By partnering with Louisiana communities, LSU works to improve lives across the state.
LSU Health Shreveport improves care through biomechanical research.
By leveraging technology, LSU PBRC researchers are putting science in the hands of soldiers and their families—and everyone.
On what used to be six racquetball courts, there are now three top-notch research labs dedicated to the study of human movement at LSU Shreveport (LSUS)—an exercise science lab, a motion analysis lab, and a motor behavior lab—collectively known as the Human Performance Lab.
LSU scholars in construction management, oceanography and coastal sciences, sociology, and psychology are working to gather data on the economic, equity, and emotional aspects of living in an increasingly flood-prone place, and provide homeowners with better guidance.
When the Louisiana chapter of The Nature Conservancy (TNC), a global environmental organization with more than one million members and the largest such non-profit in the U.S., realized they needed more diverse messaging—and messengers—to reach more people in local communities, they turned to the LSU Manship School of Mass Communication.
Investing in education and restoration efforts with elementary, middle, and high school youth.
In the wake of the 2016 floods, which devastated not just Tangipahoa Parish but turned 21 south Louisiana parishes into federal disaster areas, faculty and students in the LSU Coastal Sustainability Studio and LSU Department of Civil & Environmental Engineering began collaborating with local government and communities to set Tangipahoa Parish on a path toward resilience.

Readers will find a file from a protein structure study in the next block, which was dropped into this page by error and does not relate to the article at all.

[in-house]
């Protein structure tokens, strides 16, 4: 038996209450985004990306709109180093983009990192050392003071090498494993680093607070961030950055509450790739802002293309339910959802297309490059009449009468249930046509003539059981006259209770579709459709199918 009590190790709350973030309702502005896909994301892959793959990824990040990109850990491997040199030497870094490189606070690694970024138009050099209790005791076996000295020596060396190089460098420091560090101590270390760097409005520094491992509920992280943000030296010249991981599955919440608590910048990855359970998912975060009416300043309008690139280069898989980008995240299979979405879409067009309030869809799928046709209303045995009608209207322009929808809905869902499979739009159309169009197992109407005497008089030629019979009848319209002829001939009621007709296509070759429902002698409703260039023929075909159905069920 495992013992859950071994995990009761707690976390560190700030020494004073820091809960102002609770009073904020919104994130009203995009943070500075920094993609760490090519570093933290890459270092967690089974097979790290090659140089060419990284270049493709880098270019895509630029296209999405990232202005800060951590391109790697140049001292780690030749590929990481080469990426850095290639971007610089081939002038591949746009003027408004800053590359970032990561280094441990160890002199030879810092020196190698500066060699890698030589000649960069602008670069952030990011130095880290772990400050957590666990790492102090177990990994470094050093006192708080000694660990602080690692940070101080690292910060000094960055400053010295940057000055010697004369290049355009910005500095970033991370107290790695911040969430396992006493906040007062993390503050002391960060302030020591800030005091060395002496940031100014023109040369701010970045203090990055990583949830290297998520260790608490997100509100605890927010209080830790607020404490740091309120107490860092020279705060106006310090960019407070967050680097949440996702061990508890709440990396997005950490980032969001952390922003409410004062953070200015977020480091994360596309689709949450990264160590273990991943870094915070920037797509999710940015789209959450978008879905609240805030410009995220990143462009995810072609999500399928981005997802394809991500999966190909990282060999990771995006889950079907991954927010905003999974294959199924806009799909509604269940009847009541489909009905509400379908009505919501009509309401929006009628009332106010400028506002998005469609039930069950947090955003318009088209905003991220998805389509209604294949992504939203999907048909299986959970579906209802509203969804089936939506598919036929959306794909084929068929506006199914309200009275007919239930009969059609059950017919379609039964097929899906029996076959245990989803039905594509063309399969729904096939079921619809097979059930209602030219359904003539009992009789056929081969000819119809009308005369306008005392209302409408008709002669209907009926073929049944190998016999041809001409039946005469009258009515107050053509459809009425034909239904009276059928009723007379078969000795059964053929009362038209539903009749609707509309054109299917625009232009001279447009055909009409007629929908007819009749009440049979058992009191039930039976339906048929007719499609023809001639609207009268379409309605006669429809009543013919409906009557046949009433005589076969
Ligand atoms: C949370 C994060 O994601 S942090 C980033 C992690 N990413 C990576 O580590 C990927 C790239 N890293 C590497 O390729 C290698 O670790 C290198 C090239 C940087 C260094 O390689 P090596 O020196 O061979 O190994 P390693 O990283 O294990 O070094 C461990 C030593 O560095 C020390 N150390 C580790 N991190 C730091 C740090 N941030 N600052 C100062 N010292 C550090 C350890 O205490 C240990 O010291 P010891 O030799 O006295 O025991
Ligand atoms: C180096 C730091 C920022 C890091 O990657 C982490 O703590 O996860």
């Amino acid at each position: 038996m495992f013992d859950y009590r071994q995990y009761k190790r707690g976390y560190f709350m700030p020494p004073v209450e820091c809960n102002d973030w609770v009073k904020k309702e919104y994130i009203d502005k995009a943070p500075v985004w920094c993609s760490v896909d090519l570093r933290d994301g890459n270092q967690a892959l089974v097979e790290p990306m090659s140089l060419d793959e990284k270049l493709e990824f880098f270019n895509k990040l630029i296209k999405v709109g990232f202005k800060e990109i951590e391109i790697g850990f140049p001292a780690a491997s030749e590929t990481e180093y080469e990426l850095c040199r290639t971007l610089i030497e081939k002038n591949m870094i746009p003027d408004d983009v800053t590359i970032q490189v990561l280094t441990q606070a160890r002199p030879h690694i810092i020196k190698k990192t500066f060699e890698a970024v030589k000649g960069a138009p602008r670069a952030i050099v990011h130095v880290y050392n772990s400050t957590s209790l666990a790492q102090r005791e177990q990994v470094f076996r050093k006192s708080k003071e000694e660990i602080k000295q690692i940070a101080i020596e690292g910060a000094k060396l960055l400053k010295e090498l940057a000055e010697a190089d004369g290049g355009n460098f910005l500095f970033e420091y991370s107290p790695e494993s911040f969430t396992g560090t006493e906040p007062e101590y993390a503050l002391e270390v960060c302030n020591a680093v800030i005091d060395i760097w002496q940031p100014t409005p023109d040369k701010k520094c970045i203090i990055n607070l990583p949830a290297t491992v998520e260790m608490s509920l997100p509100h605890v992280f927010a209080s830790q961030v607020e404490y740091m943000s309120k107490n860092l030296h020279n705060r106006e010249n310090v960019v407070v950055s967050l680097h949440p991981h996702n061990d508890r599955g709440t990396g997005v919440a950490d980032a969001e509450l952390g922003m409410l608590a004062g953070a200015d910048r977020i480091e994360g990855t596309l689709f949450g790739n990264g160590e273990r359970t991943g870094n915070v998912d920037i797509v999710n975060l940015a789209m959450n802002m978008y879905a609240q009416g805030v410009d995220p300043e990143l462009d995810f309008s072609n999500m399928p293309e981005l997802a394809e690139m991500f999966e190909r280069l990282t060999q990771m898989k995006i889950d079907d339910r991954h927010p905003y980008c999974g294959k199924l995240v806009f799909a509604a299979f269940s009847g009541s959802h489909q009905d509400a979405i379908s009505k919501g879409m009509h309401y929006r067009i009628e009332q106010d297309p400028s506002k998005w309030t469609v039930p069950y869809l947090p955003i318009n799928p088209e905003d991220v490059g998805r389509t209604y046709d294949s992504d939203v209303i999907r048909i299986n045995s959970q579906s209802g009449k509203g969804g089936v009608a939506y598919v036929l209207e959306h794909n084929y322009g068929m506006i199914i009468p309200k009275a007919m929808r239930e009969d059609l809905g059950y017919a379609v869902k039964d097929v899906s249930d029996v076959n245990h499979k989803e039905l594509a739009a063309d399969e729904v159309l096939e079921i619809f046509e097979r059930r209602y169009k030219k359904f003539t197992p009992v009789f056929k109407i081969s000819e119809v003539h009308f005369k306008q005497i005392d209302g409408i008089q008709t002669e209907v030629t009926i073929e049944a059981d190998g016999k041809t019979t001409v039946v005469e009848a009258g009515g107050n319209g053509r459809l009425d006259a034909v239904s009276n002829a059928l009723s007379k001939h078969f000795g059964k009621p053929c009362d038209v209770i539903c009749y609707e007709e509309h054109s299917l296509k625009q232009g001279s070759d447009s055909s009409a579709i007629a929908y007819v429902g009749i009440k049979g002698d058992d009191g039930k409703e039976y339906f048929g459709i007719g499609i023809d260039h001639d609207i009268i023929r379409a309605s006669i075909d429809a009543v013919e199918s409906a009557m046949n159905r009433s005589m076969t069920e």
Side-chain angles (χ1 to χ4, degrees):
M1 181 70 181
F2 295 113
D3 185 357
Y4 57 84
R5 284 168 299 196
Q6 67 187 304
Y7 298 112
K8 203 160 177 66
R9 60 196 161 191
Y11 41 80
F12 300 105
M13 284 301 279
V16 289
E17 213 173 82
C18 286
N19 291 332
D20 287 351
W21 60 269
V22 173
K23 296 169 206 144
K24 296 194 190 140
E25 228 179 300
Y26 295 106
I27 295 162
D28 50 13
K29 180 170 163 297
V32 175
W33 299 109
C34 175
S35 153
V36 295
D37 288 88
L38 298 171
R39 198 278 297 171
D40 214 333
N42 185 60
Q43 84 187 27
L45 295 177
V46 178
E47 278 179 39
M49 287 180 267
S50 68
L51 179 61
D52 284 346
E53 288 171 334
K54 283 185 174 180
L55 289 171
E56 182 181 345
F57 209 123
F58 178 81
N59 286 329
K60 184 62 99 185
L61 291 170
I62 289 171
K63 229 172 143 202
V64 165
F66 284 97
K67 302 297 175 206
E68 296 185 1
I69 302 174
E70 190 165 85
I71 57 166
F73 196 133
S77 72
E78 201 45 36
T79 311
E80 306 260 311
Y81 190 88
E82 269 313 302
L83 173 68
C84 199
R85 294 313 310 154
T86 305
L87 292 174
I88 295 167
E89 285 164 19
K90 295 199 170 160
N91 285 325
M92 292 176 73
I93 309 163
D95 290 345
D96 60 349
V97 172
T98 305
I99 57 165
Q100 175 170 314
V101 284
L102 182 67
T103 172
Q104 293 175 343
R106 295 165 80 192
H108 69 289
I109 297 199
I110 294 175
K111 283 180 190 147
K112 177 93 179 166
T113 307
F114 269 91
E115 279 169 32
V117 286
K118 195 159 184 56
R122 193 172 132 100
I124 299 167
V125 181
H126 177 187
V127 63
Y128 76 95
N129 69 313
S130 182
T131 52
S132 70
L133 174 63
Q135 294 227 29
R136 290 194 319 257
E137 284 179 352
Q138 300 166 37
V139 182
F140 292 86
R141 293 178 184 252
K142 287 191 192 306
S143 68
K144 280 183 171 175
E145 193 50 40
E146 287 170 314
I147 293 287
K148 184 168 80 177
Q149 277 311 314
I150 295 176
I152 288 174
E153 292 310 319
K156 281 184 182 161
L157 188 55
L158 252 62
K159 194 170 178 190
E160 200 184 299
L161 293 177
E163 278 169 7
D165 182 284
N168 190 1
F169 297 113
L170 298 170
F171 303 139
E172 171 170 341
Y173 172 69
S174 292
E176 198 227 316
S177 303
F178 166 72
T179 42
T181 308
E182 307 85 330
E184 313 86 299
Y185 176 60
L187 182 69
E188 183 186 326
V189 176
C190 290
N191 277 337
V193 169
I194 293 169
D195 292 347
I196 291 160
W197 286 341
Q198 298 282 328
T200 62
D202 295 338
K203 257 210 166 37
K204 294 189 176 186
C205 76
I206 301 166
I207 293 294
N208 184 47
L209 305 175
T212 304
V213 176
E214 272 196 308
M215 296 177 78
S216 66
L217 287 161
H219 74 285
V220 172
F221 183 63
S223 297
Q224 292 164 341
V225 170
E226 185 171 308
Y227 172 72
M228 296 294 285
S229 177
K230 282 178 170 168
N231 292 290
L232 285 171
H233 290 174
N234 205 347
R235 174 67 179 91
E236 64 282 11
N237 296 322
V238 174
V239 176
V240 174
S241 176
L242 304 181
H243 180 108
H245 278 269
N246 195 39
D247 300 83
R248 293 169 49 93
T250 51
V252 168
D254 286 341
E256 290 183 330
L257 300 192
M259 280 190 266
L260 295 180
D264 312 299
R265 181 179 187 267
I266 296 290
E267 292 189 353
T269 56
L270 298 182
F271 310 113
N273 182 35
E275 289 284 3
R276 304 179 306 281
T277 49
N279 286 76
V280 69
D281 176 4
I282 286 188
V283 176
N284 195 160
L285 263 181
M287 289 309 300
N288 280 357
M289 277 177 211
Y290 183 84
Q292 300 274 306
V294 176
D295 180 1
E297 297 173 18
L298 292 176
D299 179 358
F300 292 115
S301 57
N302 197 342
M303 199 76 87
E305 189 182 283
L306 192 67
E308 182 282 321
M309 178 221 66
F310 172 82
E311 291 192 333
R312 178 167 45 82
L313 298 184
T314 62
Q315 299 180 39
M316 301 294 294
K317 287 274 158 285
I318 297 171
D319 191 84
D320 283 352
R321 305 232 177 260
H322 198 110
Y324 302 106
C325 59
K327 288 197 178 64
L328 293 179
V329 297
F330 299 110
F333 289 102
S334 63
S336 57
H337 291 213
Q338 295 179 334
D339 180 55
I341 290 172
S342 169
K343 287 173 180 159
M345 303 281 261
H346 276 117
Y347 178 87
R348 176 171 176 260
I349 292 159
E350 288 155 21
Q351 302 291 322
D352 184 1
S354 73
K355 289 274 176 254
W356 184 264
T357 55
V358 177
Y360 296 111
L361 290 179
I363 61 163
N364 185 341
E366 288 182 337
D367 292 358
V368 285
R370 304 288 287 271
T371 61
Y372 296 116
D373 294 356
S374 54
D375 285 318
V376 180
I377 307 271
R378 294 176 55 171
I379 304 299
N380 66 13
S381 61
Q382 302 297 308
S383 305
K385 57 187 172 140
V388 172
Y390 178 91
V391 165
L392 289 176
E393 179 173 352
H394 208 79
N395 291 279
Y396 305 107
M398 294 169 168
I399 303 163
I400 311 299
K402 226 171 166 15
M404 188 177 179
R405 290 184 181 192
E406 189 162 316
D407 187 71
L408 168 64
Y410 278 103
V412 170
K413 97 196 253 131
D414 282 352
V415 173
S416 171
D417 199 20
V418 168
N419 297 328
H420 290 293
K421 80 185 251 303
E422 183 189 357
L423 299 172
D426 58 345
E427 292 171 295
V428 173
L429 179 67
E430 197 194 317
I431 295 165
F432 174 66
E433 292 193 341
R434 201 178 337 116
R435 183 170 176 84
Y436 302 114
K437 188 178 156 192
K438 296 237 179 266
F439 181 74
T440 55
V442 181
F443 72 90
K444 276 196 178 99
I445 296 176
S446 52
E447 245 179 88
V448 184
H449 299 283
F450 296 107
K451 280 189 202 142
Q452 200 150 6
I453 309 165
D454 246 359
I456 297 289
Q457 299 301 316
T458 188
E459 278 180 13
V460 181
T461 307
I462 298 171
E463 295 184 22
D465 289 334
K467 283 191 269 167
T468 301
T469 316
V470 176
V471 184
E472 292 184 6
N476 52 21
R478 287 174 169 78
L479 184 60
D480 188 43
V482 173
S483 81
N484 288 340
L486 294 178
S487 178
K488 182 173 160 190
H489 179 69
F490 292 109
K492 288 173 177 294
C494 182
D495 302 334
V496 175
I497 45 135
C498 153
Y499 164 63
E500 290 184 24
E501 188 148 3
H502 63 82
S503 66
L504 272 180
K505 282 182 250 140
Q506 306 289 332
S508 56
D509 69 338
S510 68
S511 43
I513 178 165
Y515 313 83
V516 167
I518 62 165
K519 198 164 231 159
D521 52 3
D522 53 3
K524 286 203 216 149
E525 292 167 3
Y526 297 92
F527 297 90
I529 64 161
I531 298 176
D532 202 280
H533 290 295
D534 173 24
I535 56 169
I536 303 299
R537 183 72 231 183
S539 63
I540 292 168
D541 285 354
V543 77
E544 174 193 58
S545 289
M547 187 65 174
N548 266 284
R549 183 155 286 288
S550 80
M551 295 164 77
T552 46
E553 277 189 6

In the very first study to look at impacts of the ongoing pandemic on hurricane preparedness and resilience in Louisiana, researchers at LSU Health New Orleans partnered with more than two dozen community leaders to help validate facts on the ground and turn observations into actionable data.
Social worker Jo Anna Fisher’s career did not skip a beat, despite the pandemic and loss of a family member. LSU now offers more than 100 programs online.
Through partnerships between the university and Louisiana Economic Development, the City of Shreveport, local K-12 schools, the Air Force, and industry—including small businesses—students like Ricard are starting to see what it actually means to boost high-tech innovation in northwestern Louisiana.
Across the state, LSU is working to provide more and better healthcare for rural residents. From New Orleans to Shreveport, several university programs educate care providers specifically to help fight health disparities.
Through at least 20 programs that often reach beyond campus borders into local communities and schools, all the way from kindergarten through college and into professional life, almost a thousand minority students in Louisiana are connected with STEM resources and research each year on the LSU campus.
Jared Taylor was planning on becoming a medical doctor to help treat people with cancer, but now finds himself almost literally in space, working on solutions to shield astronauts from dangerous radiation.
LSU has helped lower the Louisiana prison population by almost one-fourth in three years.
In a historic win for LSU of Alexandria (LSUA) and career prospects in central Louisiana, a collaborative faculty team has received $1.2 million from the National Science Foundation to help LSUA students become highly effective biology, chemistry, and math teachers in high-need high schools after they graduate.